358 Commercial Street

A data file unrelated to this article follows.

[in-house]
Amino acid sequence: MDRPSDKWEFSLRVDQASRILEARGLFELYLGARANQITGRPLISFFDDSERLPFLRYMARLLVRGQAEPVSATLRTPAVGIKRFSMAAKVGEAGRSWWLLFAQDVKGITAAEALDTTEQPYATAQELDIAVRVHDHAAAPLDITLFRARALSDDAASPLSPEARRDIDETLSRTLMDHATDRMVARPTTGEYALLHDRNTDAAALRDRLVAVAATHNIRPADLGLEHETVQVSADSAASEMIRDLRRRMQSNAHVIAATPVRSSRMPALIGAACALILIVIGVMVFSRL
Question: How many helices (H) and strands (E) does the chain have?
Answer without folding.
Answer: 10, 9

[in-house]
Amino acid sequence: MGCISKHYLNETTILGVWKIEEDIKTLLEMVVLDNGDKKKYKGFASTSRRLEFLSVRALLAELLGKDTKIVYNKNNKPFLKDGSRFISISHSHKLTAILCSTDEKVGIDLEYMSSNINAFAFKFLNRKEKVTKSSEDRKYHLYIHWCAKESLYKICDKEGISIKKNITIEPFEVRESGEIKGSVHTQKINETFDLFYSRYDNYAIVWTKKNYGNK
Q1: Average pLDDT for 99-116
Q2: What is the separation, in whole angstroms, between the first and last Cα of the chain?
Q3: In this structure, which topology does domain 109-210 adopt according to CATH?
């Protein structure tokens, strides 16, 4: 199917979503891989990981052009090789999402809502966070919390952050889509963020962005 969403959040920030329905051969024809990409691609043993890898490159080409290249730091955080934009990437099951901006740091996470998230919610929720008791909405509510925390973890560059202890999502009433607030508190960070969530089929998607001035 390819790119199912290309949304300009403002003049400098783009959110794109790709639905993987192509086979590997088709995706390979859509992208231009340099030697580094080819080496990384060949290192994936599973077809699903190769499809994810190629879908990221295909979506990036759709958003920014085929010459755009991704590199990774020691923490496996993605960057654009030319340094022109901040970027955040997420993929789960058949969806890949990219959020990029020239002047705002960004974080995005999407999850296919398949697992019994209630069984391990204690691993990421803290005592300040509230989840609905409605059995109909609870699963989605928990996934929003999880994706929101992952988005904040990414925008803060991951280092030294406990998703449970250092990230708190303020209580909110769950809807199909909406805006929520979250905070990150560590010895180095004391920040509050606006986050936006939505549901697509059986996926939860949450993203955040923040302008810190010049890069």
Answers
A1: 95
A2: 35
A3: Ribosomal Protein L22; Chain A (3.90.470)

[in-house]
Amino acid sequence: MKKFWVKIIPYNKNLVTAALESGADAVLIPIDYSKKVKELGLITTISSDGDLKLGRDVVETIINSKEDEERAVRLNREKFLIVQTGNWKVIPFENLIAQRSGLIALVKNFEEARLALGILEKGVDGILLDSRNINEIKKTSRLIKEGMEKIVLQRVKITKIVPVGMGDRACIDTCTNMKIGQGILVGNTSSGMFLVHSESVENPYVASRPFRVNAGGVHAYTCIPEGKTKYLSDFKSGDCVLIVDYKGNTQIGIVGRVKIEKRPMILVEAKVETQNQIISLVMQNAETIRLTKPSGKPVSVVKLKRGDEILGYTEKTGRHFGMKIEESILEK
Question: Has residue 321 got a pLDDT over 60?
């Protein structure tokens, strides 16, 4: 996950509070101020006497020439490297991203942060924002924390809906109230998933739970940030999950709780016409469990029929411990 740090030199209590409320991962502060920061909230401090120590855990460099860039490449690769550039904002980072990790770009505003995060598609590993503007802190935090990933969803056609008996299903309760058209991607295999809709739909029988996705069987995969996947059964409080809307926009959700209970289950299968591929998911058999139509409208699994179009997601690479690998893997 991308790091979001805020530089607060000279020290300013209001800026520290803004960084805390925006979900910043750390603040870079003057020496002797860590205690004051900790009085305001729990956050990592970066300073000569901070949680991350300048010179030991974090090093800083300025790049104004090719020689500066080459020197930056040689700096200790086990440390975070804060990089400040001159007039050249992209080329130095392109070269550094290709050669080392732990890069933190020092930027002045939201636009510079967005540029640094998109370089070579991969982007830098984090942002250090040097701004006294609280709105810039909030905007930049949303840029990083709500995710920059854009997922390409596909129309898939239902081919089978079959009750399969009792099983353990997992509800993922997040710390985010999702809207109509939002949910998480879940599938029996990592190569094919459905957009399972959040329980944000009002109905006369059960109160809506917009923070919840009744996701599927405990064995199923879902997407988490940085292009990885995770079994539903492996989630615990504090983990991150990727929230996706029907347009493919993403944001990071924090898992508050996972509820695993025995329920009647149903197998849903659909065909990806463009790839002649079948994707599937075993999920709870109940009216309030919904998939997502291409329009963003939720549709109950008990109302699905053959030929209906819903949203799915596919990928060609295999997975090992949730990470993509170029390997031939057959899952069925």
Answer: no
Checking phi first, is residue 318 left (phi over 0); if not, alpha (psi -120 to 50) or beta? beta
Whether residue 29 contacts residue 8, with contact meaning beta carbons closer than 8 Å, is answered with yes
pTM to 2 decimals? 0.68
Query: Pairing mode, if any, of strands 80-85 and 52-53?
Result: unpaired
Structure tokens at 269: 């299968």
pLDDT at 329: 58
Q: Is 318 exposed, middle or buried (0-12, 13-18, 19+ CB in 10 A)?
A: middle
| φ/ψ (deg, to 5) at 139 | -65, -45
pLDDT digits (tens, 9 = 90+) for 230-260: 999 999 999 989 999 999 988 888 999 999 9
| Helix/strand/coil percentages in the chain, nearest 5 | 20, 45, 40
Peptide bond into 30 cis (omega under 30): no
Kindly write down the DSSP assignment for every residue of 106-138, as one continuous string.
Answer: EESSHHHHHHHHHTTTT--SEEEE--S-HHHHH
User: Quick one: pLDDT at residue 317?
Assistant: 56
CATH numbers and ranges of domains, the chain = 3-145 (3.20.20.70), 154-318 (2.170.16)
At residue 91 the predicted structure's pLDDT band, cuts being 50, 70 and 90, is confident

You think repair work on the Bourne Bridge or traffic on Route 6 make it hard to get to Provincetown? Stella, Albert and Helene Edel had to elude the Nazis to get here in March 1941. Albert (1890-1961) was a French artist and art instructor. Stella, a painter, was his wife. Helene was their 11-year-old daughter. Driven from the town of Péronne in northern France by the advance of invading troops in 1940, the Edels fled to Paris. “When they saw that, too, was about to fall into the hands of the Germans, they hurried on to southern France and then into Spain, where they tried to find passage on a vessel that would take them to the United States,” The Advocate recounted. “However, the Spanish refused to let them depart, so they went over into northern Africa, where they found a boat that brought them to the West Indies.” It took them another month to reach Provincetown and 358 Commercial Street, the home of Mrs. Edel’s mother, Ida Benhardina Johnson, where they had spent summers in the 1930s. (“Girl to Describe European Flight,” The Advocate, 3 April 1941.) Johnson died in 1950 and the property came into the couple’s hands. Edel became an American citizen in 1953. He produced some lovely waterfront scenes. (AskArt.)

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